Israel is considering restricting the activities of Turkey’s international 'aid' agency in Jerusalem and the Palestine "in an effort to counter President Recep Tayyip Erdoğan’s and his AKP government's reported efforts" to extend his influence in East Jerusalem, Hadashot news reported Saturday.
The National Security Council has drafted possible measures to be taken against the Turkish Cooperation and Coordination Agency (TİKA) that operates in East Jerusalem, the West Bank, and the Gaza Strip.
Among the possible measures are imposing a general restriction on TİKA’s activities and demanding that the agency obtain individual permits for its projects. At the same time, Israeli intelligence officials are said to believe that TİKA had hosted members of the Islamic Jihad movement and that some staff members had funnelled funds and information to the Hamas.
This echoes a recent report by Haaretz, which suggested that Palestine as well as Saudi Arabia and Jordan, had warned Israel over Erdoğan's efforts to "claim ownership over the Jerusalem issue" by expanding Ankara’s influence in East Jerusalem.
The report said Turkish Islamic associations in recent years have been sponsoring an increasing number of programs and trips for thousands of local Palestinians.
One Israeli official told Haaretz in June that Turkey was attempting to purchase property through government charities, and that Palestine was weary of "having another landlord in East Jerusalem."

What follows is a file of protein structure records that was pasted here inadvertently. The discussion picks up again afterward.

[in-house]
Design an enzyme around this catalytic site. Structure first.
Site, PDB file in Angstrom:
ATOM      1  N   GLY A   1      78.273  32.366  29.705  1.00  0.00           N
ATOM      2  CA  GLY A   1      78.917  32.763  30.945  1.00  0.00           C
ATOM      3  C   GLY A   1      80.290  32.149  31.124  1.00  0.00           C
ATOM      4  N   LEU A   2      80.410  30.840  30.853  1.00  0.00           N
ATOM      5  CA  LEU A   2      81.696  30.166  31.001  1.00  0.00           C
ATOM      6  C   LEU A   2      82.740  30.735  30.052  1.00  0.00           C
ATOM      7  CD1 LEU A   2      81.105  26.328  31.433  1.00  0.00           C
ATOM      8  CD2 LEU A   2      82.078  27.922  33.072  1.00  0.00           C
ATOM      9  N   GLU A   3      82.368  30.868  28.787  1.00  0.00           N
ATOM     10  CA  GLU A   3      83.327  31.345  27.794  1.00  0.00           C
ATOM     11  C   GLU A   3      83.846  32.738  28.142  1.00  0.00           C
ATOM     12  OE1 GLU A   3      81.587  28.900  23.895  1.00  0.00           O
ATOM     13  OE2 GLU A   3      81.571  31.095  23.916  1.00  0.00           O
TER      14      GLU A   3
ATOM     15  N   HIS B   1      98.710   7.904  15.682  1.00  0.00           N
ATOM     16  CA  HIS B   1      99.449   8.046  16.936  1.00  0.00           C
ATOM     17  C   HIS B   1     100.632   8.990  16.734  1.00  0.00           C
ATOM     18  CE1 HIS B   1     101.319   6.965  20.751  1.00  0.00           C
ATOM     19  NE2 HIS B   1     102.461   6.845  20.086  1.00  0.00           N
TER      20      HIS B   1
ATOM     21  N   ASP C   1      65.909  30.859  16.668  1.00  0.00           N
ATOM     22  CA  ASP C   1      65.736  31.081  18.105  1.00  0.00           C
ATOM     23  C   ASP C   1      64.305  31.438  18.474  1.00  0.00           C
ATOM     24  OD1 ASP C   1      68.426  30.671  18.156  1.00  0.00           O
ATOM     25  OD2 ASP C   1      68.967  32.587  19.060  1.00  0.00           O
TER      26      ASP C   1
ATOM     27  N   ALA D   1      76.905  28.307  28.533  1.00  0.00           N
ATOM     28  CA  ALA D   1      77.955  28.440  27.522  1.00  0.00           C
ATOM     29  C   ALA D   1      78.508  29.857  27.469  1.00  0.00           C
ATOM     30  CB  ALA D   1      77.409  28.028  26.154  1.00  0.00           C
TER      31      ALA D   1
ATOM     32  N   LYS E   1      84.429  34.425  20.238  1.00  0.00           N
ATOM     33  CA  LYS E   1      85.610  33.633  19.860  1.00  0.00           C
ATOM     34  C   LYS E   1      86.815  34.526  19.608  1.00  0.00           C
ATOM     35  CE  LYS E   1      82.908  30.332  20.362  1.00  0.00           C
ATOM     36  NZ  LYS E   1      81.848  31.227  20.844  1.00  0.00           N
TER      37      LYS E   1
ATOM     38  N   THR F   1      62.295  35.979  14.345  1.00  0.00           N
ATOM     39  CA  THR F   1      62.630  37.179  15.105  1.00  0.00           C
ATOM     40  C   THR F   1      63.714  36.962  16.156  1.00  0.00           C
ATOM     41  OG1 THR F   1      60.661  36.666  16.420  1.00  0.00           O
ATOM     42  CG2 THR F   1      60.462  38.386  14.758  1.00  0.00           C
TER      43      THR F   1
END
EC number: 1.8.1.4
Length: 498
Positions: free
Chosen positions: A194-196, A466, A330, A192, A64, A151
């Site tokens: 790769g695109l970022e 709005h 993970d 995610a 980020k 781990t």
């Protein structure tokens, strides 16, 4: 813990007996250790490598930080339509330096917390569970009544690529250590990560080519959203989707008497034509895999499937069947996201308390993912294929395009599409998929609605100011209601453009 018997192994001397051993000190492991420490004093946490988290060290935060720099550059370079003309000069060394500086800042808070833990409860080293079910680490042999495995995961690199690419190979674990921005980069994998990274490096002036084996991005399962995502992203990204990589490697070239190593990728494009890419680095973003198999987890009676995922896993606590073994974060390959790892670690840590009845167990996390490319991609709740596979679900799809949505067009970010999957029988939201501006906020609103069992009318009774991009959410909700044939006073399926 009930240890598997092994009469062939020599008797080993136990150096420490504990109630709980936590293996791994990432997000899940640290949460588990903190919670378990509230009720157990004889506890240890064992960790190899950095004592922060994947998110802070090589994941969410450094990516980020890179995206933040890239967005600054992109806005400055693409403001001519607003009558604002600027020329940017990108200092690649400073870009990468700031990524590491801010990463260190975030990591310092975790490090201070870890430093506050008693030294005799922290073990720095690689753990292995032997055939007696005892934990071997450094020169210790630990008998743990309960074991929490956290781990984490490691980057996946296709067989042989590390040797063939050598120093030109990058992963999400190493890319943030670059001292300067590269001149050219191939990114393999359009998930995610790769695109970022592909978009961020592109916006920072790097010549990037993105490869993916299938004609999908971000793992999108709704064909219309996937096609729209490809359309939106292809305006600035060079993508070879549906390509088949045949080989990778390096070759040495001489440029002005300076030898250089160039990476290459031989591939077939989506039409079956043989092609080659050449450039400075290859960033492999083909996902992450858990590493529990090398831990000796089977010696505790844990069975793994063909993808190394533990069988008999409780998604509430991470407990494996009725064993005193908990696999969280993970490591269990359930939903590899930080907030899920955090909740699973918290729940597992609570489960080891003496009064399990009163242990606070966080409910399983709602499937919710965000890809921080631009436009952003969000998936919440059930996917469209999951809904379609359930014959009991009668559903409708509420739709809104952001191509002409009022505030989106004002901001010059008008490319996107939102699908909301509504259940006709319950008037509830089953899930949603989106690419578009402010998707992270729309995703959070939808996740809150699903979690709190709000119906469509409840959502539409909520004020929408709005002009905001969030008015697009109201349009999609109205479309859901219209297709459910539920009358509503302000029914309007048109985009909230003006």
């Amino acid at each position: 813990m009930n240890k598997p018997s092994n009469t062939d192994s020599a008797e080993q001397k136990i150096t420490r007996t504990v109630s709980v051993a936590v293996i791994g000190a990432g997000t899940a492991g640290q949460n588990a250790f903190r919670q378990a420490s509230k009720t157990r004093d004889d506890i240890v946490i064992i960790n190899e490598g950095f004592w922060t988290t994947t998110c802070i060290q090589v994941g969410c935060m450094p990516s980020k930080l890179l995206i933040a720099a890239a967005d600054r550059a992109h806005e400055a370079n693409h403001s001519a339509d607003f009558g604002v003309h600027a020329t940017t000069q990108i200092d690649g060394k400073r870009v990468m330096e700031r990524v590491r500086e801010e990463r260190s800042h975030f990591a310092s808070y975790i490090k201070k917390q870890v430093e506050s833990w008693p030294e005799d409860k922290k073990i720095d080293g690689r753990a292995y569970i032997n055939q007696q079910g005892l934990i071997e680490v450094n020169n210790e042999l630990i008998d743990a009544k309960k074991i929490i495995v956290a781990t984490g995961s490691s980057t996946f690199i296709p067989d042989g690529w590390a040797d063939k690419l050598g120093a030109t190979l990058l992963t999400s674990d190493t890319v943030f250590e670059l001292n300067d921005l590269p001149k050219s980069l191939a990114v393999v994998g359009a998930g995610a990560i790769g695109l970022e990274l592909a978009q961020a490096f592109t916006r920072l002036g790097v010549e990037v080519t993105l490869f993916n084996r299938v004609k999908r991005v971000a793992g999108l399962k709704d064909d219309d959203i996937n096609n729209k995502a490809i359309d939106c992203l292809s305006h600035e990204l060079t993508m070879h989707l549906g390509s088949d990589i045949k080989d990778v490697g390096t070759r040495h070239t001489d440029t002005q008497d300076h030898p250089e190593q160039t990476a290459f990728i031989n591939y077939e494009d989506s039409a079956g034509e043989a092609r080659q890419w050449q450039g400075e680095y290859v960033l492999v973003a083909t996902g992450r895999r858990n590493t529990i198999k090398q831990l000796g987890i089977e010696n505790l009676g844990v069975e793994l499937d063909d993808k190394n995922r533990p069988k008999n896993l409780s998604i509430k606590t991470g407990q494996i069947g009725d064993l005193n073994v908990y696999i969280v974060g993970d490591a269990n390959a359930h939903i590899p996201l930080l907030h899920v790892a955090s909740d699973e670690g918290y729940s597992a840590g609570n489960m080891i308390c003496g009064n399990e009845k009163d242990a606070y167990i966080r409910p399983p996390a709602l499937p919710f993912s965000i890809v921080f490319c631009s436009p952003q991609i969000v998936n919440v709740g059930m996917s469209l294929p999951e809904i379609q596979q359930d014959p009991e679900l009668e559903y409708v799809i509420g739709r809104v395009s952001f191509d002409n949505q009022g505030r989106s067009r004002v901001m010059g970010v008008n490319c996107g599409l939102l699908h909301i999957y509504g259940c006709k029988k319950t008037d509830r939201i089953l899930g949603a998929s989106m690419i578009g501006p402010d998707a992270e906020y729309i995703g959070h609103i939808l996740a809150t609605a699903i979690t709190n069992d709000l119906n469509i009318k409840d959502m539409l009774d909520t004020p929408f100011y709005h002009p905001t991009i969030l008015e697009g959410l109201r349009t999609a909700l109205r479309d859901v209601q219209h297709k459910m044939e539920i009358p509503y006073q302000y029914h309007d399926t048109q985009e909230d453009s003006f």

Diplomats told the paper that Jordan began expressing concern to Jerusalem over a year ago and accused it of "being asleep at the wheel," since signing the reconciliation agreement with Turkey in 2016.
Riyadh meanwhile is said to be "worried that Erdoğan will attempt to use his influence in Jerusalem to claim himself the custodian of the Muslim sites in the city," cementing his increasing authority over the Arab-Muslim world.
ISRAEL COURT CHARGES TURKISH WOMAN ACCUSED OF AIDING TERROR GROUP
An Israeli military court on Sunday charged a Turkish woman accused of passing on hundreds of dollars to a "terrorist" organisation, security sources said. Ebru Özkan, 27, was detained at Israel's Ben Gurion airport on June 11 as she was leaving the country to return to her homeland.
Israel's Shin Bet security service said Özkan was arrested "on suspicion of posing a threat to national security and for having links to a terrorist organisation", passing on hundreds of dollars and phone chargers.
The name of the group the Turkish woman was alleged to have links to was not given, but Israeli media reported the money was destined for the Islamist group Hamas.